In addition, because these are commercial loans, lenders are now able to impose a prepayment penalty, which will not benefit the fix-and-flip crowd. Also, lenders may be far less inclined to originate deals under certain minimum loan-amount standards, which may range from $250,000 to $1 million. These same lenders will likely also place a maximum on the dollar amount they will finance for any one loan or blanket transaction, which also may hinder investors seeking financing.
Lastly, for lenders that use a true debt-service coverage ratio (DSCR) calculation to qualify, many markets will be excluded because market rents will not exceed expenses with a 1.25 DSCR. Even some high-end markets will have trouble with properties qualifying this way because higher expenses — for example, property taxes because of recent value appreciation — cannot be offset by rents to the extent that ratios fall within lender guidelines.
CompetitionAlthough these products are being welcomed with open arms by originators and lenders alike, it will be interesting to see how this all plays out. Residential lenders are going to find themselves in competition with their commercial-lending counterparts.
For lenders that offer both residential and commercial lending platforms, it allows them to retain far more originations given the increased options afforded to investors. If a loan does not work under their residential platform, they can simply flip it to their commercial division in order to accommodate the transaction.
For the time being, commercial lenders have found themselves in an enviable position to benefit from a sector once off-limits to them: multifamily properties with fewer than five residential units.
This article is written by: Rob Diodato
Rob Diodato is the president of York Commercial Finance, a commercial mortgage advisory company with offices in Dallas and New York. Diodato arranges financing for commercial real estate transactions nationwide for all property types and is an expert in Small Business Administration 504 and 7(a) loans. Diodato has more than 26 years of experience in the commercial and residential mortgage industries.
The multifamily real estate market has been on the rise in recent years. Real estate research company CoStar Group, for example, reported that loan originations increased by 26 percent year over year this past third quarter. Will that growth continue in 2017?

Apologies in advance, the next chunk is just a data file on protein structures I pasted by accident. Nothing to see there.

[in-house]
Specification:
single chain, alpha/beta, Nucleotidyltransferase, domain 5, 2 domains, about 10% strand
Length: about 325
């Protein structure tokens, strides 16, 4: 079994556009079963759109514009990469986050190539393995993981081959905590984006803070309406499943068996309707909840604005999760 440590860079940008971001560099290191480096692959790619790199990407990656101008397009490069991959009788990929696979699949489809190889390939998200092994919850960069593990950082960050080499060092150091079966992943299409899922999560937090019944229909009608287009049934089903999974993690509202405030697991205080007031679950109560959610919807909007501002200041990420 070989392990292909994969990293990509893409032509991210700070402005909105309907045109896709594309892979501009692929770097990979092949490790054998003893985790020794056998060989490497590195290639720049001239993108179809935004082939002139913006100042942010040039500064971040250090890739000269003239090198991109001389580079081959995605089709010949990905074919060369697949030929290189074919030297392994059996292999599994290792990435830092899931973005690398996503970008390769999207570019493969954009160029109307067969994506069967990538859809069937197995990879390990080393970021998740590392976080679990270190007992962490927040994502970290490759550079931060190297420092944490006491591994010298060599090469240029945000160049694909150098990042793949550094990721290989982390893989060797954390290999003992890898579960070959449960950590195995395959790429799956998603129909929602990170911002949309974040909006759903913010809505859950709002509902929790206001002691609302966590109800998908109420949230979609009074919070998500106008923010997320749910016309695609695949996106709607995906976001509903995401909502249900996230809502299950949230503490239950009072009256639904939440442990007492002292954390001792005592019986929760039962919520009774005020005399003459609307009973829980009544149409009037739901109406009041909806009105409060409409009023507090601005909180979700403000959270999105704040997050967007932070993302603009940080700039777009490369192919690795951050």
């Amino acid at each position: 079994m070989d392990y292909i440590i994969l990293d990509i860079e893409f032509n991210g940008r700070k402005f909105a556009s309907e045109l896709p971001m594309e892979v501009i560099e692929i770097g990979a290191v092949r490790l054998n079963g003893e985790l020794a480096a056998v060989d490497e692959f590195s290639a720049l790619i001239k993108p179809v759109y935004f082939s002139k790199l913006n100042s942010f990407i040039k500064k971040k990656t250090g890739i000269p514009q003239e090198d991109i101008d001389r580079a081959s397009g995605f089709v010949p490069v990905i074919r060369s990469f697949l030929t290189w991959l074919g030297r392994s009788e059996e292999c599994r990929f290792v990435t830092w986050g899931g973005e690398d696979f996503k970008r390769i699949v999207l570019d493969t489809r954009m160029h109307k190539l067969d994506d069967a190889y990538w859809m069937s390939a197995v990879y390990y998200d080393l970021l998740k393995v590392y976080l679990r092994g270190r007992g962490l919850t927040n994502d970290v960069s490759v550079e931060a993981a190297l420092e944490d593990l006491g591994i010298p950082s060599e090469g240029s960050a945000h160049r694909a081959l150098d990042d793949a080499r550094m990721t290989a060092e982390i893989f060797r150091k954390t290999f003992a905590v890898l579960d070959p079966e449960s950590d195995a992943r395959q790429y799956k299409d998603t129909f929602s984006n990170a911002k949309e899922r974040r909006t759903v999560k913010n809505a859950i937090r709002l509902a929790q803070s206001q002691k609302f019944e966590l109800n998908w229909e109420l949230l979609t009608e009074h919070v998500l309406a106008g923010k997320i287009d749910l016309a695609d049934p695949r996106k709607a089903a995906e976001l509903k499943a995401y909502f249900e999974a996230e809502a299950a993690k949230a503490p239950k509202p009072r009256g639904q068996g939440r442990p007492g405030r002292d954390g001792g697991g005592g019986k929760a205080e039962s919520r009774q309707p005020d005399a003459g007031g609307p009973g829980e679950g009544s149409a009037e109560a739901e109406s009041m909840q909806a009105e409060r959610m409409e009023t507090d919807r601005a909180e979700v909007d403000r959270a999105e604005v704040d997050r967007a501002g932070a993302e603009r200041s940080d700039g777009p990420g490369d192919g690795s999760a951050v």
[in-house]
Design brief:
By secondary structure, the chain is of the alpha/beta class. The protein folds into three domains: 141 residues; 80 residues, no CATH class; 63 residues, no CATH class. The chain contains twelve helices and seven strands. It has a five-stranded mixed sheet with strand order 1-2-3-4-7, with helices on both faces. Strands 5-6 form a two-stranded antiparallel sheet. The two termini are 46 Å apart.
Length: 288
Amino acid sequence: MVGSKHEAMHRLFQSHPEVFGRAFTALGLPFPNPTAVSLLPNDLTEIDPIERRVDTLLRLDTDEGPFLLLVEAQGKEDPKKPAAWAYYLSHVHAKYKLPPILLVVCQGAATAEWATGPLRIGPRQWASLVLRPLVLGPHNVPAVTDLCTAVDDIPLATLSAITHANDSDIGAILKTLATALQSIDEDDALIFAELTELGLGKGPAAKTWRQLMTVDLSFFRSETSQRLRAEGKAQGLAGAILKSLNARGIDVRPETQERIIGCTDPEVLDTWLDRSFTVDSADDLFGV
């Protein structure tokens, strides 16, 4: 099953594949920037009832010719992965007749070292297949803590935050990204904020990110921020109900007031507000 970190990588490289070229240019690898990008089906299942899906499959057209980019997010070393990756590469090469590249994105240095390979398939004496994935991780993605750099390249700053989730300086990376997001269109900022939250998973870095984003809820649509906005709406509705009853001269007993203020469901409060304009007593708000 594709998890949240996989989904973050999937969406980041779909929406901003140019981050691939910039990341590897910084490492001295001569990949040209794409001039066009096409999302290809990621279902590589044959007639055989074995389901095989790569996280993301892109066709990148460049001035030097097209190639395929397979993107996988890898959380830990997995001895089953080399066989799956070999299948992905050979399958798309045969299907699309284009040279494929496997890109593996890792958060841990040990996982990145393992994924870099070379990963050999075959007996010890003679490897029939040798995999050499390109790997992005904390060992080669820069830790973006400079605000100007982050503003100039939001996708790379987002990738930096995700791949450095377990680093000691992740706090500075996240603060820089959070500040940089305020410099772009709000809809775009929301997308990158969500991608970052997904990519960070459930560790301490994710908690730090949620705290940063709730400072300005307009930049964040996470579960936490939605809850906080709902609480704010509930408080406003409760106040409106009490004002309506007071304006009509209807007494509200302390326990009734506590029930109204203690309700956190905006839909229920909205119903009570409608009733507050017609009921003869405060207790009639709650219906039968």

Commercial real estate brokers should be aware of two factors that are likely to have a major impact on the multifamily market in the year ahead: interest rates and deregulation. Rising rates could potentially slow multifamily loan-origination growth to a snail’s pace, compared with recent years. President Donald Trump’s move to pare down financial regulations, however, could have the opposite effect, at least in the short term.
Just like all sectors of the market, the multifamily real estate landscape is rapidly changing in the wake of rising interest rates and the election of a new pro-deregulation president. The combination of those factors could have a significant impact for mortgage brokers serving the multifamily real estate industry.
The Federal Reserve raised short-term interest rates for the second time in a decade in December 2016, and it again boosted rates this past March — for a total bump of a half percentage point, raising the federal-funds target rate to a range of 0.75 percent to 1 percent. While the recent increases were relatively slight, they are only the beginning of what is expected to be a continuing upward push on rates. This is underscored by Fed officials predicting rates will rise two more times this year.
Trump spoke out in favor of raising rates during his presidential campaign, contending a rate bump would pop a “big, fat, ugly bubble.” As demonstrated by his recent executive order aimed at scaling back regulations enacted as part of the Dodd-Frank Wall Street Reform and Consumer Protection Act, he intends to keep his campaign promises.
Currently, the multifamily market remains strong. In fact, the Association of Foreign Investors in Real Estate said multifamily assets represent one of the most sought-after investments. This presents an opportunity for mortgage brokers already in the multifamily real estate sector and also for those looking to expand into an area with a large potential for growth.
With that in mind, there are some major changes in store for multifamily real estate lending that brokers should be watching for in the coming months and years. In the face of those changes, and as rates rise and regulations are stripped away, new opportunities for brokers also are emerging, especially in the nonbank lending arena.